Recent results advise that the IFN? response to tuberculin antigen might not be dependable in cynomolgus macaques and that another cut-off ought to be used to read the analysis. PRIMAGRAM, when compared to TST, has a low sensitivity and high specificity. A combination of these two tests could increase the overall sensitivity and specificity. Whole blood with anticoagulant, ideally lithium-heparin, is required for testing. As the test depends on stimulation of primed T-lymphocytes, the first obligatory step is to ensure that blood cells remain viable for in vitro culture. Thus, samples should be available for testing not later than eight-ten hours post-sampling and ought to be kept at ambient temperature in the meantime. Particular care should be paid to ensure homogenous and full mixing of blood and anticoagulant at collection. IGRA is an in-vitro test, and so discards some effects of in vivo tuberculin injections. Over the past few years, comparable assays for humans (T-SPOT-tuberculosis) and oxen (Bovigam) gave dependable and enlightening results on the status of tuberculosis infection. There is scant data about the usage of Quantiferon Gold test in non-human primates. A comparison of this test with the TST showed that the Quantiferon Gold test would possibly be a highly sensitive tool for the identification of mycobacterial infection in rhesus macaques, but it was unimaginable to discover specific infection with M. tuberculosis with this test. However, three vital caveats ought to be known regarding IGRAs used in non-human primates.

First, there are many different interpretation guidelines, based on diverse calculation methods with varied cut-off thresholds. In humans, IGRAs are better-known to have a high variability between individuals. Thus, caps might be influenced by the species and as the individual knowledge. Experienced technicians are required for the completion of IGRAs, and raw data will be communicated and documented properly. It is essential to possess a balanced interpretation scheme. The test implies the use of a mitogen as a positive control. An aliquot of the sample is bared to this mitogen, which in turn provokes an undefined application and IFN? creation in lymphocytes. However, this mitogen is typically not provided by the test and ought to be selected by the laboratory. The level of undefined stimulation is species-dependent and must be gauged when an IGRA gets established. For instance, a human IGRA could be used for some species of non-human primates but includes PHA as a mitogen, which is regrettably known to be a frail stimulant in non-human primates. Lab technicians who perform IGRA must be mindful of mitogen/species distinctions. Unfortunately, however, the majority of non-human primate species lacks this information. It is thus suggested to utilize two or more diverse mitogens to test non-human primate species with scarcity of information about the most appropriate mitogen. The third caveat is the recognition of IFN? itself. IGRAs rely on ELISPOT or ELISA which are designed to uncover IFN? molecules for specific species.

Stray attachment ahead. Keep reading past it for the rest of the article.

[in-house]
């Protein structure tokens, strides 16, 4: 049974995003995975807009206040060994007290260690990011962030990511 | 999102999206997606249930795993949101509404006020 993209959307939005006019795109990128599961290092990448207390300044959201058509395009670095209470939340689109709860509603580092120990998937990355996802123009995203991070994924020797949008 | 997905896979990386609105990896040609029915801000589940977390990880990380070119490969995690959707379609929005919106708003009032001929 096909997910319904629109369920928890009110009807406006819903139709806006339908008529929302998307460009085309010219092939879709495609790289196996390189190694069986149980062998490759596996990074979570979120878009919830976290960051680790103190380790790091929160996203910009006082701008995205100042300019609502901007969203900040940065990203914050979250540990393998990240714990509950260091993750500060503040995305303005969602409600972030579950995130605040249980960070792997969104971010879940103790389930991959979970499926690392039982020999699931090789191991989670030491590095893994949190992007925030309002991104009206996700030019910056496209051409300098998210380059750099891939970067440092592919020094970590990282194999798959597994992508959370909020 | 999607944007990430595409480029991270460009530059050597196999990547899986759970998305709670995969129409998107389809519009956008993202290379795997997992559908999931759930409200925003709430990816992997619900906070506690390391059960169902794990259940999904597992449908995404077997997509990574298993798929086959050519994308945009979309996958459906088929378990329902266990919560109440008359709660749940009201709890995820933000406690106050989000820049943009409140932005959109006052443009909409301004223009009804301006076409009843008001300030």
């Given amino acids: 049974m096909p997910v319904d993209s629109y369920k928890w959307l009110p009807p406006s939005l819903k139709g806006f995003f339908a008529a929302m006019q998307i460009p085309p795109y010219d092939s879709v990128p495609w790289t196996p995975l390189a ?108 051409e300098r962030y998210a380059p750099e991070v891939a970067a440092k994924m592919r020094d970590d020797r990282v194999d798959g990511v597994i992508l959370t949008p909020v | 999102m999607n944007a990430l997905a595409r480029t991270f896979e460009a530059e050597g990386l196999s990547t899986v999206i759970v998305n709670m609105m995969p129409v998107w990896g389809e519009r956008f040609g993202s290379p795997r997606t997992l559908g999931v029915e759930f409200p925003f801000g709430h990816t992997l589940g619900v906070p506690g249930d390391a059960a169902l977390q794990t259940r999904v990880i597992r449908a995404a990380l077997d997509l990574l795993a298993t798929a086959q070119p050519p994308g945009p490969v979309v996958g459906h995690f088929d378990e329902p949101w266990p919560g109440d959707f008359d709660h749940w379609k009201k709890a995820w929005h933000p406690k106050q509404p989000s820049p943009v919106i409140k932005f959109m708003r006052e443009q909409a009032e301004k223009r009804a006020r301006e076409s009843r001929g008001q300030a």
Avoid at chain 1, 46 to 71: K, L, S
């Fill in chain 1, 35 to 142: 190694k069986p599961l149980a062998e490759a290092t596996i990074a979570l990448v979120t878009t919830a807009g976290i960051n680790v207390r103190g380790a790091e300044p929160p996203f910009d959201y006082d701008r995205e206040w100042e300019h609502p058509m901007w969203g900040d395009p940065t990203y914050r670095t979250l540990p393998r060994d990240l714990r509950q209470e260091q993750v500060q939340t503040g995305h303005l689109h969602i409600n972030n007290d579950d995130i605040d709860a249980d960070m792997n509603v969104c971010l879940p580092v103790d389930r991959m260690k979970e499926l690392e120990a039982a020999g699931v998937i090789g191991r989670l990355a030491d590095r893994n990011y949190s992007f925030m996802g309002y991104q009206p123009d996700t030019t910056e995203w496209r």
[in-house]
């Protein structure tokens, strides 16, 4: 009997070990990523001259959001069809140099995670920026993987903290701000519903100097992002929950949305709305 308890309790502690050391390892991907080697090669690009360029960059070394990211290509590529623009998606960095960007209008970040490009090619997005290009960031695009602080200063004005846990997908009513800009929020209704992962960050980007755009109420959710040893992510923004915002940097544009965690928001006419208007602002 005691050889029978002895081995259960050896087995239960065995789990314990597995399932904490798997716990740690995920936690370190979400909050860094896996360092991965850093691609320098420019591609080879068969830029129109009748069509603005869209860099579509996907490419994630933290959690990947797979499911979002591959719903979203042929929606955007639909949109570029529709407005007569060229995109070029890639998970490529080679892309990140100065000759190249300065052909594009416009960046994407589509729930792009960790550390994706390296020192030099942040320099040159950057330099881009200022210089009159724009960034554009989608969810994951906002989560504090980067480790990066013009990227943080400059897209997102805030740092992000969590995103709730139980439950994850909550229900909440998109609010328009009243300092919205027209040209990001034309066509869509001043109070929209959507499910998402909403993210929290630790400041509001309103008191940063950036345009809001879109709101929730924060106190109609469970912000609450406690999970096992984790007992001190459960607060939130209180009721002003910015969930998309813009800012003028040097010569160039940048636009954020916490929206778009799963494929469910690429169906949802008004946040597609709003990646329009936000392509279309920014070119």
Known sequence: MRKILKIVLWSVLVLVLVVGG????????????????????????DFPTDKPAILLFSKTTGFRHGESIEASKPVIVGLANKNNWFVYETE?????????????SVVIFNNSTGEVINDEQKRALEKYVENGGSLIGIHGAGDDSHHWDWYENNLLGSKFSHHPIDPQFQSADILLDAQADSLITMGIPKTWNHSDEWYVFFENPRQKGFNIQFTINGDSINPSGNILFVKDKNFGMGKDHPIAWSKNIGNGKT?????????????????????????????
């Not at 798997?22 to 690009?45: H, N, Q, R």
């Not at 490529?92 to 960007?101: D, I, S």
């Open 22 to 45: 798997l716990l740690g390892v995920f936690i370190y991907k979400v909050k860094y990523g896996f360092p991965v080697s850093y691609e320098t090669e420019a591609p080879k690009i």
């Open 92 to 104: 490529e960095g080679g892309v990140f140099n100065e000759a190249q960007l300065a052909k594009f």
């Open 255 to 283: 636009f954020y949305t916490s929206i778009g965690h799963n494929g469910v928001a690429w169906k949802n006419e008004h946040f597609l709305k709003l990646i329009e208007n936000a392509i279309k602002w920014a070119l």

Throughout the non-human primate taxonomy, IFN? shifts in configuration and structure, and there’s no broad ELISA that’s capable of distinguishing interferon of all species. For example, ELISA within PRIMAGAM is a “simian INF?” ELISA but is incapable of detecting IFN? in most New World monkeys. Hence, the parallel utilization of TST and PRIMAGAM is fitting for an ideal coverage in a diagnostic procedure. TST might impact IGRA results when performed a short time before blood is sampled. As observed in other species, a “booster effect” may happen with the previous tuberculin injection reinforcing the immune response acquired on consequent IGRA. Said to extend sensitivity of the test, questions may emerge on the impact on its specificity, as the “boost effect” may be made only by tuberculin sensitization. Therefore, the utilization of a booster method cannot be suggested at that stage. Further studies are required to reply to those questions.

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Diagnosis of Tuberculosis. (2021, Apr 10). Retrieved April 13, 2024 , from